Ethiopia’s Permanent Representative to the United Nations, Ambassador Taye Atske-selassie underlined that training and equipment determined performance, and realistic, effectively defined mandates and sufficient resources were critical if missions were to be successful. Another requirement was strong and competent leadership at all levels and proper coordination between the Council, Troop- and Police-contributing Countries and the Secretariat to create the conditions needed for well-trained and properly equipped personnel for missions. Peacekeeping operations must be provided with adequate and sustained financial and human resources to deal with the new dimensions to UN peace operations including the growing focus on political solutions to conflicts, and the socio-cultural processes of conflict resolution and the emphasis on protection of civilians. Gaps in capacity and capability were major impediments to creating “fit for purpose” peacekeeping operations. Further consideration was needed on innovative approaches, such as triangular partnerships and co-deployments was needed. 

Speakers emphasized the problems caused by today’s new political and security realities, the changing nature of conflict, the lack of commitment to political solutions, inadequate preparation of troops and the involvement of transnational actors. So, they called for clearly drafted, realistic mandate, adding that training and capacity-building activities were essential and peacekeeping personnel must receive effective training, on gender issues, on prevention of sexual and gender-based violence in conflict and on child protection. Speakers highlighted training gaps in human rights, safety and protection of troops and civilians and gender violence. Successful mandates require continual evolution of training and significant improvements to joint planning and analysis. This needs strong partnerships at the bilateral, multilateral and regional level. The Declaration of Shared Commitments was a clear road map for relevant stakeholders to enhance United Nations peacekeeping missions.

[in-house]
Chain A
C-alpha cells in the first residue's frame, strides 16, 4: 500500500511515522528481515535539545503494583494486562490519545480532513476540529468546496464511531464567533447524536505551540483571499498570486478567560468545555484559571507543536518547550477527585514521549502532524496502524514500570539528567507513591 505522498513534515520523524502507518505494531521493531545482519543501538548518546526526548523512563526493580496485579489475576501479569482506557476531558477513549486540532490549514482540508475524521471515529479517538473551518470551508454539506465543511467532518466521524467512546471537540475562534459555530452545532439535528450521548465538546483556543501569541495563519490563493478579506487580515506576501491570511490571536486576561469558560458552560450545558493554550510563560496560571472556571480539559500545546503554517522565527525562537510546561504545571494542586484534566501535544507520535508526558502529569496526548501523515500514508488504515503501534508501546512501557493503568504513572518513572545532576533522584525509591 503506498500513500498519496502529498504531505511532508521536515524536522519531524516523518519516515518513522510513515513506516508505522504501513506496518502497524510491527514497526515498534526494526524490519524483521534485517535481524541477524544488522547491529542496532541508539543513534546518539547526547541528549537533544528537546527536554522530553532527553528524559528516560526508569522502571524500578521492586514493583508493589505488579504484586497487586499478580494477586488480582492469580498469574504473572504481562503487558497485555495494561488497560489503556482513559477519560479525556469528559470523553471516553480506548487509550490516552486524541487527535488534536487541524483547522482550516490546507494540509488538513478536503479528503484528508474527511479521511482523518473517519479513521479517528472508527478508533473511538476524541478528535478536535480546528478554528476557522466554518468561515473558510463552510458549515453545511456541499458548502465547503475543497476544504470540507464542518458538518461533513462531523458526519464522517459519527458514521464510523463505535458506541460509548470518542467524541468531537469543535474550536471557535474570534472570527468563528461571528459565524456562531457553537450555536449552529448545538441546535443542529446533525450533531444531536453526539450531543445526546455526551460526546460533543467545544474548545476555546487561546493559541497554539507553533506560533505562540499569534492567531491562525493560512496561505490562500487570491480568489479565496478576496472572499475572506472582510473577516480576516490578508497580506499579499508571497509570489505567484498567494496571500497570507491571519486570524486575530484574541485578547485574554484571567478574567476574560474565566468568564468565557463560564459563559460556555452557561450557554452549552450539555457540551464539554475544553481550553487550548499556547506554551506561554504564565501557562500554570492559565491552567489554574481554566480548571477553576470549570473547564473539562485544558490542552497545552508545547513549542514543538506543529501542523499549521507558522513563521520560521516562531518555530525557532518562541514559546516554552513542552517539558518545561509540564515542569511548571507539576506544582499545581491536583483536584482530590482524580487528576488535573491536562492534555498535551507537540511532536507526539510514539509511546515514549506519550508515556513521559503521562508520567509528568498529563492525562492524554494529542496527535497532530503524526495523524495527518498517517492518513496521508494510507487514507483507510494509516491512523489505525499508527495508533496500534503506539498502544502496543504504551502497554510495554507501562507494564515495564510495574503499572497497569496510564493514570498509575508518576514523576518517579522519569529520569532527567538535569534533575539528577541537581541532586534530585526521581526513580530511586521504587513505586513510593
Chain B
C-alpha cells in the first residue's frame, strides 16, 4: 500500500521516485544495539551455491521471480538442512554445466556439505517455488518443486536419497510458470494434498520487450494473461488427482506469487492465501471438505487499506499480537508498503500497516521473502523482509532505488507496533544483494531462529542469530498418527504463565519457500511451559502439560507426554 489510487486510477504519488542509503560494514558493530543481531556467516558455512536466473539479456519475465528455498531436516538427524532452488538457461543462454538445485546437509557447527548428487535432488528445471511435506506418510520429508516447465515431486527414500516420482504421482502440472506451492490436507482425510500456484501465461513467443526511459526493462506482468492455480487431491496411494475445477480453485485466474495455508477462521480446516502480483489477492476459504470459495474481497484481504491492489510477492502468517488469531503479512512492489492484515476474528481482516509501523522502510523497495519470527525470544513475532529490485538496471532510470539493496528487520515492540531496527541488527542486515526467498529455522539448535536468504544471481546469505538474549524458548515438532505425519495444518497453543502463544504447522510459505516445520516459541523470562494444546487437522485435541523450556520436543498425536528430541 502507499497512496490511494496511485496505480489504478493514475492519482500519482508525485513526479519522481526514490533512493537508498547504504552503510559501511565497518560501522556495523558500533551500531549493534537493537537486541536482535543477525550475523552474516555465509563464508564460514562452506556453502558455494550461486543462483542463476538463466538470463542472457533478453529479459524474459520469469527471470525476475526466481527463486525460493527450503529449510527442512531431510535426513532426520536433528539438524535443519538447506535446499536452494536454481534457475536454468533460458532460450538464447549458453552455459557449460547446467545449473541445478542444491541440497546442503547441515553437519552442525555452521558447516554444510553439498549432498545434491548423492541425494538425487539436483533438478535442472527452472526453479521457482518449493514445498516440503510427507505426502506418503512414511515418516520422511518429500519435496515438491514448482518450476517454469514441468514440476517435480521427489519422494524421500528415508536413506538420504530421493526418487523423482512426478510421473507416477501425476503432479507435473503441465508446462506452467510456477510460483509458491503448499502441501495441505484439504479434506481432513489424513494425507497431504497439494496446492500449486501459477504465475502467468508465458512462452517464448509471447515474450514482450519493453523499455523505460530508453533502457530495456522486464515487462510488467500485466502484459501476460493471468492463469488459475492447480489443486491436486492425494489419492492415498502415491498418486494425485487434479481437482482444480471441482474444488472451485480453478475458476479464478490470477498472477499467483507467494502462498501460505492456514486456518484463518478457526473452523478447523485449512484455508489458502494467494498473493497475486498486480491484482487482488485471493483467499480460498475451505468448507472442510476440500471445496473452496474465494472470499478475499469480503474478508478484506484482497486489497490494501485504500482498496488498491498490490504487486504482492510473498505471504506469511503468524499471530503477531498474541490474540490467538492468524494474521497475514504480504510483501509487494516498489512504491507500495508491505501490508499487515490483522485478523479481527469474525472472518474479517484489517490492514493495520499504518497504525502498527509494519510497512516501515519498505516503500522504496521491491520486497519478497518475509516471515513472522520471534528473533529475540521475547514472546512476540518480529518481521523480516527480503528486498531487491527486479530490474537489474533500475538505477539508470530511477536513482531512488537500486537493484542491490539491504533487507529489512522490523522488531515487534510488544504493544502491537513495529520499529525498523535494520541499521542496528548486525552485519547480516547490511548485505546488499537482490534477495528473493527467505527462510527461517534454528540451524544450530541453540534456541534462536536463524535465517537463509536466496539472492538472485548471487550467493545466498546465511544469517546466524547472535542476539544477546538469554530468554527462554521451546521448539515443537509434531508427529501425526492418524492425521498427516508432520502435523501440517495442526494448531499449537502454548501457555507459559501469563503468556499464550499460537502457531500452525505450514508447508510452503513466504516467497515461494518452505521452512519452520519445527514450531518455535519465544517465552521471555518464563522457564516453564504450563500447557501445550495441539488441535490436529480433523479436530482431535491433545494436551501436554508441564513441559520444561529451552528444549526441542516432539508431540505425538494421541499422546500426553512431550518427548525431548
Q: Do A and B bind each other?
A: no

An EU-Ethiopia Business Forum in Brussels…

The EU-Ethiopia Business Forum held in Brussels on Tuesday and Wednesday this week (May 14-15) was the first such event to be organized by the European Commission, though an association of EU Businesses was established in Ethiopia in 2012. The objective was to stimulate European private sector investment in Ethiopia by providing practical information about doing business in the country and it was exceptionally successful. A large and diverse audience of over 200 representatives of companies from all over Europe and from Ethiopia, from both the public and private sectors, journalists and EU officials, attended. Investors and those interested in doing business in Ethiopia were provided with practical information, interacting with top officials from the Ethiopian Investment Commission and other high-ranking officials from Ethiopia as well as representatives of some of the largest European companies already active in Ethiopia.

The first day provided two separate panel discussions on Investing and Doing Business in Ethiopia followed by four “Breakout Sessions”. In an opening address, State Minister for Foreign Affairs, Dr. Markos Tekle, presented an overview of the reforms being undertaken to open up the economic and political spheres in Ethiopia over the past year, including partial privatization of state-owned sectors, including telecommunications, logistics and energy. He appreciated the strong and sustainable partnership between Ethiopia and the EU. He called upon current investors to expand their investments and encouraged those interested in Ethiopia’s economic opportunities to explore and exploit the opportunities available. He was followed by Ethiopian Investment Commissioner, Abebe Abebayehu, who introduced the “New Horizon of Hope” policy and the government’s vision for attracting Foreign Direct Investment to the country, a vision that includes its industrialization agenda.